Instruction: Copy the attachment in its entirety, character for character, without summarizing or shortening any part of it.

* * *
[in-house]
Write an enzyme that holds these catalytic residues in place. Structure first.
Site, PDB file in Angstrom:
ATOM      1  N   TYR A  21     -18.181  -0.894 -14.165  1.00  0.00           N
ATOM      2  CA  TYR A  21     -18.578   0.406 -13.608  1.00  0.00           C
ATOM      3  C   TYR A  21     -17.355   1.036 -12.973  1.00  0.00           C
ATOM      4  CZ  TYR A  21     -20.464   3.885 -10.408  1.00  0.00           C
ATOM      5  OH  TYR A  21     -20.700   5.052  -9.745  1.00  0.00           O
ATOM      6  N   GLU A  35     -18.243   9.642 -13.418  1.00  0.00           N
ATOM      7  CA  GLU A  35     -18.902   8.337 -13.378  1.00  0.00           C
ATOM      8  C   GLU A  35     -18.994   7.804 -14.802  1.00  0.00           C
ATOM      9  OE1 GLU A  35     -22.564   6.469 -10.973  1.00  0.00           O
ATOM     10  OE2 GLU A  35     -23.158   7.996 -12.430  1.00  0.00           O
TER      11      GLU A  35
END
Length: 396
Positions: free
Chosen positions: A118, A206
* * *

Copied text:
[in-house]
Write an enzyme that holds these catalytic residues in place. Structure first.
Site, PDB file in Angstrom:
ATOM      1  N   TYR A  21     -18.181  -0.894 -14.165  1.00  0.00           N
ATOM      2  CA  TYR A  21     -18.578   0.406 -13.608  1.00  0.00           C
ATOM      3  C   TYR A  21     -17.355   1.036 -12.973  1.00  0.00           C
ATOM      4  CZ  TYR A  21     -20.464   3.885 -10.408  1.00  0.00           C
ATOM      5  OH  TYR A  21     -20.700   5.052  -9.745  1.00  0.00           O
ATOM      6  N   GLU A  35     -18.243   9.642 -13.418  1.00  0.00           N
ATOM      7  CA  GLU A  35     -18.902   8.337 -13.378  1.00  0.00           C
ATOM      8  C   GLU A  35     -18.994   7.804 -14.802  1.00  0.00           C
ATOM      9  OE1 GLU A  35     -22.564   6.469 -10.973  1.00  0.00           O
ATOM     10  OE2 GLU A  35     -23.158   7.996 -12.430  1.00  0.00           O
TER      11      GLU A  35
END
Length: 396
Positions: free
Chosen positions: A118, A206